On the L model, but missing here are cruise control, Bluetooth hands-free telephone with i-MID integration, extra controls on the steering wheel for various functions, the 17-inch wheels and various other bits and pieces, including heated leather front seats and drilled alloy foot pedals.

The Civic Euro's cockpit area has two control zones, which Honda calls the driver interface and the information interface, and they are separated by upper and side visors.

The driver's area has several features designed to coach the person behind the wheel to drive economically. These include an ECO Assist system that changes the colour of the speedometer illumination - blue for heavy- footed and green for economical driving - and it also has a push- button ECON mode that changes the accelerator throttle position and air-conditioning operation in the interests of better fuel economy.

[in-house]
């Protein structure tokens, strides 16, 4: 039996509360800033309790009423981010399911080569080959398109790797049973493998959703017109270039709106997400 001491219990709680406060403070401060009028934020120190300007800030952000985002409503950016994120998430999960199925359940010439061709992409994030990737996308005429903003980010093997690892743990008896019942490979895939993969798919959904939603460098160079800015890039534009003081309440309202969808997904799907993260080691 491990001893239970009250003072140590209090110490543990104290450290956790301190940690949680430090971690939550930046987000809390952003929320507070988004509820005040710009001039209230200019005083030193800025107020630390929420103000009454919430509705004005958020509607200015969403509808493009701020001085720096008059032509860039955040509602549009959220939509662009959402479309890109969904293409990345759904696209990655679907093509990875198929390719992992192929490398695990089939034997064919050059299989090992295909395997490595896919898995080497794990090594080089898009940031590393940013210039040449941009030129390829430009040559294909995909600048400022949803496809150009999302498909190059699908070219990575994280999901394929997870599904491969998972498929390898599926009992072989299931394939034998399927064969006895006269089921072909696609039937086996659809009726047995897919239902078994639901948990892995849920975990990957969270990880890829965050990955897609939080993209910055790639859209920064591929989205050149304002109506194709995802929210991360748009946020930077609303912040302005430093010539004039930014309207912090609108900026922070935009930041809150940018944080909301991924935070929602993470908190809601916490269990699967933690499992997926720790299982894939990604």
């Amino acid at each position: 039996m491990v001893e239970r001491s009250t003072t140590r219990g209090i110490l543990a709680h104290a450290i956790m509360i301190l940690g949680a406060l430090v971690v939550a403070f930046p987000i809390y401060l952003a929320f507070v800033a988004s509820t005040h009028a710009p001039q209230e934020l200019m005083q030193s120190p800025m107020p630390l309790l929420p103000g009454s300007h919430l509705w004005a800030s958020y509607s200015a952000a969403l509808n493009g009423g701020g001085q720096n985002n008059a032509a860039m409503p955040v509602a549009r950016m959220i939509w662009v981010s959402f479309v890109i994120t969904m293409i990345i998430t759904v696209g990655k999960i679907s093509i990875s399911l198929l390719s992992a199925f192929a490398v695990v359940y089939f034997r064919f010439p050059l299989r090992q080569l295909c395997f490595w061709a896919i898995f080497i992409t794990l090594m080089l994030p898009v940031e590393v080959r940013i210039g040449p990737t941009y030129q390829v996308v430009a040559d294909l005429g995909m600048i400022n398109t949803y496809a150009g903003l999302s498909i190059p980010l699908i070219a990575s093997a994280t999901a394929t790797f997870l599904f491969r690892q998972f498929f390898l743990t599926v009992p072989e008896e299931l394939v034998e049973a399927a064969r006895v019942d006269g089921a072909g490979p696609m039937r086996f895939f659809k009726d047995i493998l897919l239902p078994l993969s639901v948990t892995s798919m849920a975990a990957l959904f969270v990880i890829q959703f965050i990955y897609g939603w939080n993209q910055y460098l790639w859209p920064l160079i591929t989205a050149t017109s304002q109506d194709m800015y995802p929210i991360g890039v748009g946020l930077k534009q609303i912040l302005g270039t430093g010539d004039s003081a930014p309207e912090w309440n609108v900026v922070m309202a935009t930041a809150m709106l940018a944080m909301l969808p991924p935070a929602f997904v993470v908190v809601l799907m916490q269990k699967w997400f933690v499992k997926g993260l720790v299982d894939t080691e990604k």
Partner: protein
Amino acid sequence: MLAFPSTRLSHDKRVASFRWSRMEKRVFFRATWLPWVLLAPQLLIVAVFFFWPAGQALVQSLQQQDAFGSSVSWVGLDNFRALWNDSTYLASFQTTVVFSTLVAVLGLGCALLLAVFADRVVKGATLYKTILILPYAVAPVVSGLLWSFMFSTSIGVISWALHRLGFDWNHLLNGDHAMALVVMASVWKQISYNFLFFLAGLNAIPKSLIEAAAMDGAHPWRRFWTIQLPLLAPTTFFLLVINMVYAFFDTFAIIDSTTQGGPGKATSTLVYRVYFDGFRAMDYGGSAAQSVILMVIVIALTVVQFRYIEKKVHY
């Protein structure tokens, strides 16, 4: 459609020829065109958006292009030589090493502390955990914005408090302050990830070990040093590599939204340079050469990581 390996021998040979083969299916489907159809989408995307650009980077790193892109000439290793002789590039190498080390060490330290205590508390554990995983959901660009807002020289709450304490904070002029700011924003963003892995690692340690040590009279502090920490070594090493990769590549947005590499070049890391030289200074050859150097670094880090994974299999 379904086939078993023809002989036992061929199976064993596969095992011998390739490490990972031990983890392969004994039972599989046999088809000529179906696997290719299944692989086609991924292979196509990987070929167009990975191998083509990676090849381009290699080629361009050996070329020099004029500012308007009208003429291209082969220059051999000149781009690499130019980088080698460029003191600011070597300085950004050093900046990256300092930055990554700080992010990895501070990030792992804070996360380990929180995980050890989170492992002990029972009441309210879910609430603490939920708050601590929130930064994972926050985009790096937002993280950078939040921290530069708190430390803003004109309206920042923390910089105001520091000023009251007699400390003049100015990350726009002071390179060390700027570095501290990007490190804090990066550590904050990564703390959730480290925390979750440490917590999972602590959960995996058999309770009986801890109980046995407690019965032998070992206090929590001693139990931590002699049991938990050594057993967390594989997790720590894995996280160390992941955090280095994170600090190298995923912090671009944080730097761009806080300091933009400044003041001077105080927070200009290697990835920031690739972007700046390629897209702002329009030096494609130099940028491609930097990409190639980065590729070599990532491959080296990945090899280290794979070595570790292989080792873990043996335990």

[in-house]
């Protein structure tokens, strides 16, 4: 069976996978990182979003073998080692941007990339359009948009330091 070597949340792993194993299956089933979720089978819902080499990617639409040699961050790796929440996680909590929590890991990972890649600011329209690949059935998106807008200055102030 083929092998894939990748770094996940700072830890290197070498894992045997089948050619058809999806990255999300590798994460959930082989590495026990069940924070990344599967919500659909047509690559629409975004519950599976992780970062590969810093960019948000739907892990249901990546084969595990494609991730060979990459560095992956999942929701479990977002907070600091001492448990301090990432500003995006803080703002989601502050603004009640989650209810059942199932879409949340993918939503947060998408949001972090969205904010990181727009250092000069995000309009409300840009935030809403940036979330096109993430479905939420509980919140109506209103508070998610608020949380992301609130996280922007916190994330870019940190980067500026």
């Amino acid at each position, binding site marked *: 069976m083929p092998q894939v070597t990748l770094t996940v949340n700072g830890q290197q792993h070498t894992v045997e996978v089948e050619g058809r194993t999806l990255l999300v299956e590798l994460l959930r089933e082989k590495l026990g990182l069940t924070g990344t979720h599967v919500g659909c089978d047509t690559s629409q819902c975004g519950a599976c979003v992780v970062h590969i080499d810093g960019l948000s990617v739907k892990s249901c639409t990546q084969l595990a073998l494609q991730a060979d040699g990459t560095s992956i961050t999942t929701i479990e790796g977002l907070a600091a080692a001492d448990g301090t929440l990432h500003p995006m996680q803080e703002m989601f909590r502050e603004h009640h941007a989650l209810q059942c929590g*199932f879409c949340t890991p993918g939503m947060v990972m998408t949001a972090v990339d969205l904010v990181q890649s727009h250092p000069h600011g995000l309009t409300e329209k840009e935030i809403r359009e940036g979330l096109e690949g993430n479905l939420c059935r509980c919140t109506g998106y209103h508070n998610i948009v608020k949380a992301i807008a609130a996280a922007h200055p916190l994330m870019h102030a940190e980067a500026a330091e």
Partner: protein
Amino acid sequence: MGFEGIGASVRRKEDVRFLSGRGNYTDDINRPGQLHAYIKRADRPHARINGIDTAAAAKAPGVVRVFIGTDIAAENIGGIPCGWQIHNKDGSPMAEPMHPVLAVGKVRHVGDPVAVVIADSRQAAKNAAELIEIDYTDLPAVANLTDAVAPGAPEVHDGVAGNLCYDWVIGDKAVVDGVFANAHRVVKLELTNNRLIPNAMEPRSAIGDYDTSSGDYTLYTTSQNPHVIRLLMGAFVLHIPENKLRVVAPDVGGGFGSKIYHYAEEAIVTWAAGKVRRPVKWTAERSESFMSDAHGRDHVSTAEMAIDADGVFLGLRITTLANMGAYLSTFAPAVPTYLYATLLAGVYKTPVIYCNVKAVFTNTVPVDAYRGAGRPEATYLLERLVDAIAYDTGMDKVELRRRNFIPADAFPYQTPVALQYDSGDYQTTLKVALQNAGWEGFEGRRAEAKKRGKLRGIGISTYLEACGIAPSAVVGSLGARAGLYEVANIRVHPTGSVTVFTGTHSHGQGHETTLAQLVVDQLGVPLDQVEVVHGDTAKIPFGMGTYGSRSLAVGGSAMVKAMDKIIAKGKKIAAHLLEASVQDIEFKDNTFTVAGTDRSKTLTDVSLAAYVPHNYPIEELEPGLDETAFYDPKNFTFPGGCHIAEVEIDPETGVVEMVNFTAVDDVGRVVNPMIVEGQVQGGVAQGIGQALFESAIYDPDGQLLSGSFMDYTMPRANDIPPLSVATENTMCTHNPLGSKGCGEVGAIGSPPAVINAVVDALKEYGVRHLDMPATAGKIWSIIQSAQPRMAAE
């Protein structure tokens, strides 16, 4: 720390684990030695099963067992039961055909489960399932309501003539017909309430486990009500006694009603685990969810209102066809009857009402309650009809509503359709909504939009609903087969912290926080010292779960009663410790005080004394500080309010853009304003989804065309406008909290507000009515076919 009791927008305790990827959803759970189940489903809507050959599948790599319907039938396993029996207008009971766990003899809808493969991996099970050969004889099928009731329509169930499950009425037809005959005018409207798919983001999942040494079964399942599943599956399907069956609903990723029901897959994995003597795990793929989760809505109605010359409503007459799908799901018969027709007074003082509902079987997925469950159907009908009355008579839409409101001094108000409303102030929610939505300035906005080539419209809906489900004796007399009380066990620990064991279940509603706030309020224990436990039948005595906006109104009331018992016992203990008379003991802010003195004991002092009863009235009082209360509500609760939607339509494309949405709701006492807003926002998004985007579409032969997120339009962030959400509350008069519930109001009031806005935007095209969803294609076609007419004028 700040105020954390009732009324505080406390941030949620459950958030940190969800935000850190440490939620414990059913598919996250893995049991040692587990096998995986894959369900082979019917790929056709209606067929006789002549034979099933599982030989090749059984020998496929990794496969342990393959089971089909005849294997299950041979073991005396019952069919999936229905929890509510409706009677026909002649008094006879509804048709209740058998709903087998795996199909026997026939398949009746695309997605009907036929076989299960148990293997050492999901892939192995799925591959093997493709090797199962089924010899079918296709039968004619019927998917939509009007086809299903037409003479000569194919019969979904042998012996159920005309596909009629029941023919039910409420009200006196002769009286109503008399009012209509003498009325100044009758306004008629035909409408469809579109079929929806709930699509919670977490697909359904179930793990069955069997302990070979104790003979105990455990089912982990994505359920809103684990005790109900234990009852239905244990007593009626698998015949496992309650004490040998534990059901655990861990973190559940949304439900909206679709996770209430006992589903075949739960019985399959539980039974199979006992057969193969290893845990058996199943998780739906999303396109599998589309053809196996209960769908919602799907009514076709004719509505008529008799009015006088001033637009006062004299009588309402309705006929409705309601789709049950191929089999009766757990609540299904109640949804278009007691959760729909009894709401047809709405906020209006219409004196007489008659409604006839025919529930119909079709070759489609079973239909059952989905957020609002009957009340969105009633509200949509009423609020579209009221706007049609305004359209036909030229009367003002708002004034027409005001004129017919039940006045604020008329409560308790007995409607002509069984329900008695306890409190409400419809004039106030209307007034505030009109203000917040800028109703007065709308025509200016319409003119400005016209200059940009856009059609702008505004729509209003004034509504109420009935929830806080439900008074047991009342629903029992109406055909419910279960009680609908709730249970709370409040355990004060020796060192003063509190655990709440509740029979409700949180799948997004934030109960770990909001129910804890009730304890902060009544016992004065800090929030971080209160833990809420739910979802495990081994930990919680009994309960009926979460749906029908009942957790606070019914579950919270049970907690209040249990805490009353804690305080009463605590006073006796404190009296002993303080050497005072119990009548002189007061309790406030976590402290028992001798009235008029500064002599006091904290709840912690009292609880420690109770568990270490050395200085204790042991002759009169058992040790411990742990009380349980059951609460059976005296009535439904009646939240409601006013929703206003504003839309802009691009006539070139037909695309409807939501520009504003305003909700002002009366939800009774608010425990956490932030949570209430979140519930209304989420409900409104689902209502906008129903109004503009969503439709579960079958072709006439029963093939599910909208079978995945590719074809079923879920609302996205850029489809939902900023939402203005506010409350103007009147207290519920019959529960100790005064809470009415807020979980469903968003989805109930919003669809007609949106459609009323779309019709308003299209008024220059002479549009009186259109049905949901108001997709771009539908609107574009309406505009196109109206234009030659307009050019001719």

During development of its Insight hybrid, Honda discovered that differences in driving style can result in up to a 15 per cent variance in fuel economy, so it's worthwhile to use the various economy-encouraging functions on the Civic.

In the manual version, that also includes a little gearshift recommendation indicator which flashes an arrow to advise you when you should change up or down. I found this to be quite touchy, in that it seemed to recommend I should change up from, say, third to fourth very early, but it is there in the interests in best fuel economy, so it must be accurate.